In fiction, everyone loves the smooth and subtle criminal who is able to use his wits and finesse to part a fool from his belongings. Of course, in reality, no one likes having their stuff taken, no matter how charming the thief is.
Luckily for us, most criminals are idiots. If they even manage to get hold of your valuables, some are so dumb that they just cannot help getting caught. Here are ten of the most moronic ways thieves have been nabbed.
A good disguise is one way that criminals can make a clean getaway. For two robbers in Iowa, however, there was nothing clean about them when they tried to burgle an apartment in 2009. To stop themselves from being recognized, the pair used fake beards (clever) and black markers to scribble masks on their faces (less clever).
Matthew Allan McNelly and Joey Lee Miller were spotted and reported to the police. When the pair fled, they might have been able to talk their way out of being suspects—except for the fact that the black lines they had scrawled all over their faces were done in permanent marker. Their faces gave them away.
In their defense, the two had been drinking before their attempted burglary, but it would have had to have been quite a lot of alcohol to make this seem like a good idea.
When a Kent couple woke up one day in 2017 to find their home had been robbed while they slept, they were distressed to find that their beloved parrot, Rocky, was missing, too. The thief had taken belongings including two oxygen tanks that one of the owners needed to help her breathing. The burglar had made a terrible mistake, though, when he tried to steal their parrot.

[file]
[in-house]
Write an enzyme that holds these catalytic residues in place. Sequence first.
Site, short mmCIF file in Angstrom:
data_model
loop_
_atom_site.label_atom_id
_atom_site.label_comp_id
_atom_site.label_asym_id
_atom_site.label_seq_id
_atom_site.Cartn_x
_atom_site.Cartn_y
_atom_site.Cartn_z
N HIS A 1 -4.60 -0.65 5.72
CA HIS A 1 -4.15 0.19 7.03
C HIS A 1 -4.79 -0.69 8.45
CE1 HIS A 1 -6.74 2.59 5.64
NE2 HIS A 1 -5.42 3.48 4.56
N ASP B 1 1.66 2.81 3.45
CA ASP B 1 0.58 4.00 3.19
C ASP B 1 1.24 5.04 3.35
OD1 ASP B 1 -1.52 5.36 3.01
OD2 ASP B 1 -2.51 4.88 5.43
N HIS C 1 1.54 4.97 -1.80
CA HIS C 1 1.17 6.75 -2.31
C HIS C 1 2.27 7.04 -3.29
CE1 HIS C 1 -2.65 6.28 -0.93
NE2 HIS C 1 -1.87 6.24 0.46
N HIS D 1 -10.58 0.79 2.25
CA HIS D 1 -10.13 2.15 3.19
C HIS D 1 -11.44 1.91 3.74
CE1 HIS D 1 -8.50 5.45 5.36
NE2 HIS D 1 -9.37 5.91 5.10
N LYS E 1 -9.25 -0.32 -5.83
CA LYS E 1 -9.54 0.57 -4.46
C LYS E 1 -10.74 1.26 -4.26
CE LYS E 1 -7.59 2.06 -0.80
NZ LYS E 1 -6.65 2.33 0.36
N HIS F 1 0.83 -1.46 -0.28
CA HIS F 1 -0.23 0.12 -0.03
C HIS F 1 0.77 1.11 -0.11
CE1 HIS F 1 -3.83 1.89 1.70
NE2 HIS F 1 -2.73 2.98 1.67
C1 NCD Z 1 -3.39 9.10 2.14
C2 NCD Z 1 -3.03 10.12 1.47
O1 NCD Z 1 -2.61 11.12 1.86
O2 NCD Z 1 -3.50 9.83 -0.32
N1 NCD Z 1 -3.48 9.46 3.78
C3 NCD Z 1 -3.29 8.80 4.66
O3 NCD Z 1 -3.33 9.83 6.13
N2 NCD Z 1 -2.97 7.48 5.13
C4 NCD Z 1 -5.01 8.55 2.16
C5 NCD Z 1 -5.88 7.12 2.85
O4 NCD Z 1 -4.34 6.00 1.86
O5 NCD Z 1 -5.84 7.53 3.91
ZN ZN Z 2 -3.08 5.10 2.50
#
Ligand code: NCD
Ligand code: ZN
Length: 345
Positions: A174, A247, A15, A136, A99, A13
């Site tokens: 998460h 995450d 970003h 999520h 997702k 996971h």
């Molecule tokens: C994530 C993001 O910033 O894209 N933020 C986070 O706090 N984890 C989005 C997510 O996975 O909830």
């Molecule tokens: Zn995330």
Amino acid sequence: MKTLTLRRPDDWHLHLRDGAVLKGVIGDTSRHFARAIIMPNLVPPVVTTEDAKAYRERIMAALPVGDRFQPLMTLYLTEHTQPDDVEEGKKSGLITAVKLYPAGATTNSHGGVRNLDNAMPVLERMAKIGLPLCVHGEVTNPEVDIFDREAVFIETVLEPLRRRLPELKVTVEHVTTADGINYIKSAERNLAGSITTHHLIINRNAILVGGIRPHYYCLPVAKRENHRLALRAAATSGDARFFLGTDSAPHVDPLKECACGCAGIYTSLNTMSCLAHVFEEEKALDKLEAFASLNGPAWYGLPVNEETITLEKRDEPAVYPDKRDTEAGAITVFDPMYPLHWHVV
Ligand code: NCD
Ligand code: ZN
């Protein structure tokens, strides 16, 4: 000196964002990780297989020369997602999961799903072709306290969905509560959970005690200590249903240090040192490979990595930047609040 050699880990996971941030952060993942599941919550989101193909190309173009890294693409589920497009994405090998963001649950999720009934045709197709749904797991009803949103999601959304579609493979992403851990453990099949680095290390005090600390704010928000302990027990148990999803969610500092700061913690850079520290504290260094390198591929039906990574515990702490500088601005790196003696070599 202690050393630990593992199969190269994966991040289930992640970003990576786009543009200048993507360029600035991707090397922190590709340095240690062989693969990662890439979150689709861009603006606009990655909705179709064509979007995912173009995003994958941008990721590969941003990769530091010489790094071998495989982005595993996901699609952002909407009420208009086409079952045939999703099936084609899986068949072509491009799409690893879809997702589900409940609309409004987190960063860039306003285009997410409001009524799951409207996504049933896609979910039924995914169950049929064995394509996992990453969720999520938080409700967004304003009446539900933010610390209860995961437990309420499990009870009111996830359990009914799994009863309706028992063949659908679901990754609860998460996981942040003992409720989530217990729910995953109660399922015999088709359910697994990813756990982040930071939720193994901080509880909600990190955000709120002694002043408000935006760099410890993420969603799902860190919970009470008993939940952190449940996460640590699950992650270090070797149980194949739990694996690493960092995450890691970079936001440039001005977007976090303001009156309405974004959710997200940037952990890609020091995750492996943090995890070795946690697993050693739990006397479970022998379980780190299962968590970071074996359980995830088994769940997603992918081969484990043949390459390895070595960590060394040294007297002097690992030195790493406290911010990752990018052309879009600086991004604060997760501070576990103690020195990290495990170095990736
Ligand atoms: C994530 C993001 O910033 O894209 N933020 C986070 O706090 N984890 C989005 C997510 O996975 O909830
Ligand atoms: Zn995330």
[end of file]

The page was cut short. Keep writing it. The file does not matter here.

When the thief tried to steal Rocky, an African grey, the bird took a bite out of him. Exasperated by the avian crime-fighter, the burglar then simply tossed Rocky out the window before making off with his other loot. Unfortunately for the criminal, he had left something behind. Rocky’s bite left him bleeding on the crime scene.
When police checked the DNA of the blood against their records, they linked the robbery to Vitalij Kiseliov, a known criminal. With this evidence, they were able to convict him of this burglary and several others. Rocky was found and returned to his relieved owners.
One of the key lessons for people today is “Be careful what you put online.” For criminals, this message is doubly important. In 2016, a man wanted for battery in Florida decided to use his own wanted poster (pictured above) as his profile picture. When police swiftly tracked him down from other details on his page, a bag of cannabis fell out of his trousers during the arrest.
In 2018, Steven Hutton of Dundee, Scotland, took things to a new level of idiocy though when he was caught not once, but twice, selling stolen items via the social media website. Hutton stole a number of items from cars and offered them up for sale on the local Facebook page. One of the people he robbed saw a garden tool that he thought was his and arranged to meet up. Instead of a buyer, police turned up at Hutton’s door and found a number of stolen items.
Since he had previously been found guilty of selling a stolen handbag on Facebook, the court gave Hutton 19 months in prison for his crimes.